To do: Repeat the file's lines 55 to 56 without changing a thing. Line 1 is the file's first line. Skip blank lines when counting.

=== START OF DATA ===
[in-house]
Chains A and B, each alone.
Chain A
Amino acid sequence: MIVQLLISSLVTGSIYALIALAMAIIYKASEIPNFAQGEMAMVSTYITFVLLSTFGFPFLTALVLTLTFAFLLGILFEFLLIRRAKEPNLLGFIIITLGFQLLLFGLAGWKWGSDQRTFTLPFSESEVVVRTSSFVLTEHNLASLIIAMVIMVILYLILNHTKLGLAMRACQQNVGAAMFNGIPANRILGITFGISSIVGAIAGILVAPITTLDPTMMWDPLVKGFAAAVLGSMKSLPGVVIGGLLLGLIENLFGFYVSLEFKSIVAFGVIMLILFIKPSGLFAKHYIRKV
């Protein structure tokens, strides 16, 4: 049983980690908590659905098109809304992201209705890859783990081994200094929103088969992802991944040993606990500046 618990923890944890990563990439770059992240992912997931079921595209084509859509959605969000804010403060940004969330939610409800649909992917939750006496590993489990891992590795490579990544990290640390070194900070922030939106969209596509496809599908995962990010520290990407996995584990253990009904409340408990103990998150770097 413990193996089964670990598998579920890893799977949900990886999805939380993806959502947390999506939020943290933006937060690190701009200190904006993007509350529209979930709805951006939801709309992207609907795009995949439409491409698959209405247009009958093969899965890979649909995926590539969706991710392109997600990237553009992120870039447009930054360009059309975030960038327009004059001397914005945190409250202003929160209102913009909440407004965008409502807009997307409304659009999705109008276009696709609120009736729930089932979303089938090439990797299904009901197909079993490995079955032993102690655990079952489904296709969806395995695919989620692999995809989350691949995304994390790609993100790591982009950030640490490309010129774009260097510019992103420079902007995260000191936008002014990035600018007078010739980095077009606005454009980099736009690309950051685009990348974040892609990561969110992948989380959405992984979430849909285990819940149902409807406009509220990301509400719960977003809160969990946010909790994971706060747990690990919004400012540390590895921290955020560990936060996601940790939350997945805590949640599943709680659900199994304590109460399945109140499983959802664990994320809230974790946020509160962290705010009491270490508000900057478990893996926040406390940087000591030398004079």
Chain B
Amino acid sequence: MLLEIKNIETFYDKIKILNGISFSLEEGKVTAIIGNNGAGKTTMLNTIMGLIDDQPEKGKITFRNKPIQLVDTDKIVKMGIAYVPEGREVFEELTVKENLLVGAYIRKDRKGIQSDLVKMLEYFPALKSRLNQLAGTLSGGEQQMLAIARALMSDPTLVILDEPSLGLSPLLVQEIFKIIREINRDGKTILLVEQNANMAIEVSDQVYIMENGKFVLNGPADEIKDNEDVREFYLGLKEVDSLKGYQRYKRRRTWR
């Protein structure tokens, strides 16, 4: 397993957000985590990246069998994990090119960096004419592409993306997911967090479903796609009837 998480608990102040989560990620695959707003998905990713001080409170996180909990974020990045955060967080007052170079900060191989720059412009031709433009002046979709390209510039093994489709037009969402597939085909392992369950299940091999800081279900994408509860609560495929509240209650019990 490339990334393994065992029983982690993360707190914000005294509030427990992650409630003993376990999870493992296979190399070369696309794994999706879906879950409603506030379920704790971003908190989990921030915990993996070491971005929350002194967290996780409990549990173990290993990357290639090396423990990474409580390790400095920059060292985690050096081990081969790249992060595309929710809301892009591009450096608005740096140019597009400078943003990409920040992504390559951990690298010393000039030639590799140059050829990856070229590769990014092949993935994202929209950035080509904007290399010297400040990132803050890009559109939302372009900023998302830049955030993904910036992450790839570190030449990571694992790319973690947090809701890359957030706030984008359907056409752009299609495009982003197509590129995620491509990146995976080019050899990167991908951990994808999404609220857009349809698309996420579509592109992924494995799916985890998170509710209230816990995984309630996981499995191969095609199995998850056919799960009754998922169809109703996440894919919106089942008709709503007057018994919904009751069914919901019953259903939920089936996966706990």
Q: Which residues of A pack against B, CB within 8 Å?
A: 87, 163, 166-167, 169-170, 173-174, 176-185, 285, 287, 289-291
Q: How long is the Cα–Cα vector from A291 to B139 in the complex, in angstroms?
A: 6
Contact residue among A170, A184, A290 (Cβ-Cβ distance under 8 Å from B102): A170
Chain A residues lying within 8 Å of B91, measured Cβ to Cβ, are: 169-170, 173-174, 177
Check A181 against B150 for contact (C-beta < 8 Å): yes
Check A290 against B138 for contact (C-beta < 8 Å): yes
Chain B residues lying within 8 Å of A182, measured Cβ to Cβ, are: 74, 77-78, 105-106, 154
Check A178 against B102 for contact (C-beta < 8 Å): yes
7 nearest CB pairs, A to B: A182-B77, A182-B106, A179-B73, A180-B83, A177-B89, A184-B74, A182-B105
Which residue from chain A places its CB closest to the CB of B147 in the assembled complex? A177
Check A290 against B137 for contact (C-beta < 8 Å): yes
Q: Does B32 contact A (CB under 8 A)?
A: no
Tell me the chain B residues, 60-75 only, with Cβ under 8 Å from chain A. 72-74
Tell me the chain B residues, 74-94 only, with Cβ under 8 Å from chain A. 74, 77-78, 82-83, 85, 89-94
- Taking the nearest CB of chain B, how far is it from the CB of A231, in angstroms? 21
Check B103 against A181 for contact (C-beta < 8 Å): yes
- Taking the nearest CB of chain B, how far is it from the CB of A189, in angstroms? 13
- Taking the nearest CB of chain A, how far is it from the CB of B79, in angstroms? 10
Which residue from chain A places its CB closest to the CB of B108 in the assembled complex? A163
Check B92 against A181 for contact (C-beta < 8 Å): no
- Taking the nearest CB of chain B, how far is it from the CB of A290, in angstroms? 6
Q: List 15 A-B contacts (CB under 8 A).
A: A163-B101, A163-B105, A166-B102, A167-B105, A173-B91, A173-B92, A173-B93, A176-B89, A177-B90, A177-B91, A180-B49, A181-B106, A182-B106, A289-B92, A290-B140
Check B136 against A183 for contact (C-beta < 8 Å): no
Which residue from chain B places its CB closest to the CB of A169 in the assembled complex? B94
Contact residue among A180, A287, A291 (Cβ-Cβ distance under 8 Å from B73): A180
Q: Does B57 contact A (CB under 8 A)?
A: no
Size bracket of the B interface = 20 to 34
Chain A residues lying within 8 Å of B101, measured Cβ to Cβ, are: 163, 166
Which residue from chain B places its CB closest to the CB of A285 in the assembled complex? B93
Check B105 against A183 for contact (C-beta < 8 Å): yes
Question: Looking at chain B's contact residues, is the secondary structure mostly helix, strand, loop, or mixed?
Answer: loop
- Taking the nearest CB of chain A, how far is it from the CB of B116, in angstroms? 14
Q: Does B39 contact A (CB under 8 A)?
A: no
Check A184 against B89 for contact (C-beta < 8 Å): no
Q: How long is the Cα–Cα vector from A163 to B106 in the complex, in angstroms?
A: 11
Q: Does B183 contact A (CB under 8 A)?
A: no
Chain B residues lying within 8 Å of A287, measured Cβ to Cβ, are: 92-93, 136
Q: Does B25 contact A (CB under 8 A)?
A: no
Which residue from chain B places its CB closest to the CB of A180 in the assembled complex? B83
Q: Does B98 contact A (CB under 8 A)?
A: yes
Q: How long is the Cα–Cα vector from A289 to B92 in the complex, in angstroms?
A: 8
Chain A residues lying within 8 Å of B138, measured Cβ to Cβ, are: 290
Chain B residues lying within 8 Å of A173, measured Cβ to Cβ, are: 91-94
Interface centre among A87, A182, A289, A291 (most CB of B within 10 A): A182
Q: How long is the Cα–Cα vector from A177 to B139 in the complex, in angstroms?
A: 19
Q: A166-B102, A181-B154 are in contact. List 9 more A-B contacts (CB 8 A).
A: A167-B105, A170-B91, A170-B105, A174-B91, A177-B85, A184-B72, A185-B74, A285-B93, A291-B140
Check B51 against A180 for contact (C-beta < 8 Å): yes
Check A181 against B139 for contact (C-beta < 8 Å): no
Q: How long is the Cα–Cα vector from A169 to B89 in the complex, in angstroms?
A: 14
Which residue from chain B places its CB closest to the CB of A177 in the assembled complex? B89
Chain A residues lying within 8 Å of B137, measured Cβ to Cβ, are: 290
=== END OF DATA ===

Q: Does B25 contact A (CB under 8 A)?
A: no